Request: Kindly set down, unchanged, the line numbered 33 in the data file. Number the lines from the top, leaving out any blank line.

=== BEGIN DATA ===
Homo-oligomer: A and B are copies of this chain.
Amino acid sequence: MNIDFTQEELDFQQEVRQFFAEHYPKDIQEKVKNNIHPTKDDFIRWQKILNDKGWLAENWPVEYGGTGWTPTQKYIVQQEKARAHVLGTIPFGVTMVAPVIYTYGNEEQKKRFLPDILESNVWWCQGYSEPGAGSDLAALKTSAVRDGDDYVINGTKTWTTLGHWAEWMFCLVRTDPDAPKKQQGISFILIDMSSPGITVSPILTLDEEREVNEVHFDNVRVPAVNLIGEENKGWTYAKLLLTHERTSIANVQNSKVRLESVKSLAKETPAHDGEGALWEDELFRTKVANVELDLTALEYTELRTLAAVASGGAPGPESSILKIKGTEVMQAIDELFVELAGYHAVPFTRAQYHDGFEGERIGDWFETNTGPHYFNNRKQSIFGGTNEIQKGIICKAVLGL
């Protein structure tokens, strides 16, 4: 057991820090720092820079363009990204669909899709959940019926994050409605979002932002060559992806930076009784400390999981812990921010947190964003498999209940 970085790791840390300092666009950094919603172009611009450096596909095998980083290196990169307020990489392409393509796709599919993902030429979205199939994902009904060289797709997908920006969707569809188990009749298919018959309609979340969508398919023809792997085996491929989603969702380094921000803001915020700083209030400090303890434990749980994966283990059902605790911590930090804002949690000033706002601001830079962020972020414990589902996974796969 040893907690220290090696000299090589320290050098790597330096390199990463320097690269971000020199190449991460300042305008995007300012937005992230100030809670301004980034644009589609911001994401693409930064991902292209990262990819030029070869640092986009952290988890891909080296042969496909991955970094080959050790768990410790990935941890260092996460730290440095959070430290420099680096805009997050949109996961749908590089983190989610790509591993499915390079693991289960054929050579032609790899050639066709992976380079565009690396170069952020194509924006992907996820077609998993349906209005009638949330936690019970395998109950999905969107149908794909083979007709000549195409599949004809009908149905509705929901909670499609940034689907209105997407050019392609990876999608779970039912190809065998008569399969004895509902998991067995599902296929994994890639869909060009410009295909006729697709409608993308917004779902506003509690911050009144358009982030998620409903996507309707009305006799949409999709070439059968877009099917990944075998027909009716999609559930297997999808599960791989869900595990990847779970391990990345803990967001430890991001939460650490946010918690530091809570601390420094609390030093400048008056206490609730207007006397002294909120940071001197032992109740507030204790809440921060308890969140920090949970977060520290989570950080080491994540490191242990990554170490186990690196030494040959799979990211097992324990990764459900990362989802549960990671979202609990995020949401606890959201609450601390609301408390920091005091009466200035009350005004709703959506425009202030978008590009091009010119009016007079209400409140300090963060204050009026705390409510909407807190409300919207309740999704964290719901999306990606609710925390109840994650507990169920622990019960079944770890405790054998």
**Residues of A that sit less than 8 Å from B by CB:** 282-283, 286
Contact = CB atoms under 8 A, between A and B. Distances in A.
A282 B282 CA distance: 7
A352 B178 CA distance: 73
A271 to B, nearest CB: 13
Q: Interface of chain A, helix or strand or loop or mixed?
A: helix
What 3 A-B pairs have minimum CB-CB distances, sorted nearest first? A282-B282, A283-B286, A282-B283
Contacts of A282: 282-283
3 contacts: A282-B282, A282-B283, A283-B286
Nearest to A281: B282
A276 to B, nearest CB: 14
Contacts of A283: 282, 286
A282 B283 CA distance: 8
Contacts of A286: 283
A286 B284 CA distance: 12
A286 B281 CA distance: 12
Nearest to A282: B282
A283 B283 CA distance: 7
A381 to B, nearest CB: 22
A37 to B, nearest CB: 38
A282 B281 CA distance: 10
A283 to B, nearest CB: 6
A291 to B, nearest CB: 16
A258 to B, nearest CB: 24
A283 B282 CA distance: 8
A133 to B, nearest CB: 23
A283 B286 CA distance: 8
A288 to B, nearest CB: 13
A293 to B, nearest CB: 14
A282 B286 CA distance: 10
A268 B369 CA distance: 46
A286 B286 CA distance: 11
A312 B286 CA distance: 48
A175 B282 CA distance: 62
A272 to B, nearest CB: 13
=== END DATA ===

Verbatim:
A293 to B, nearest CB: 14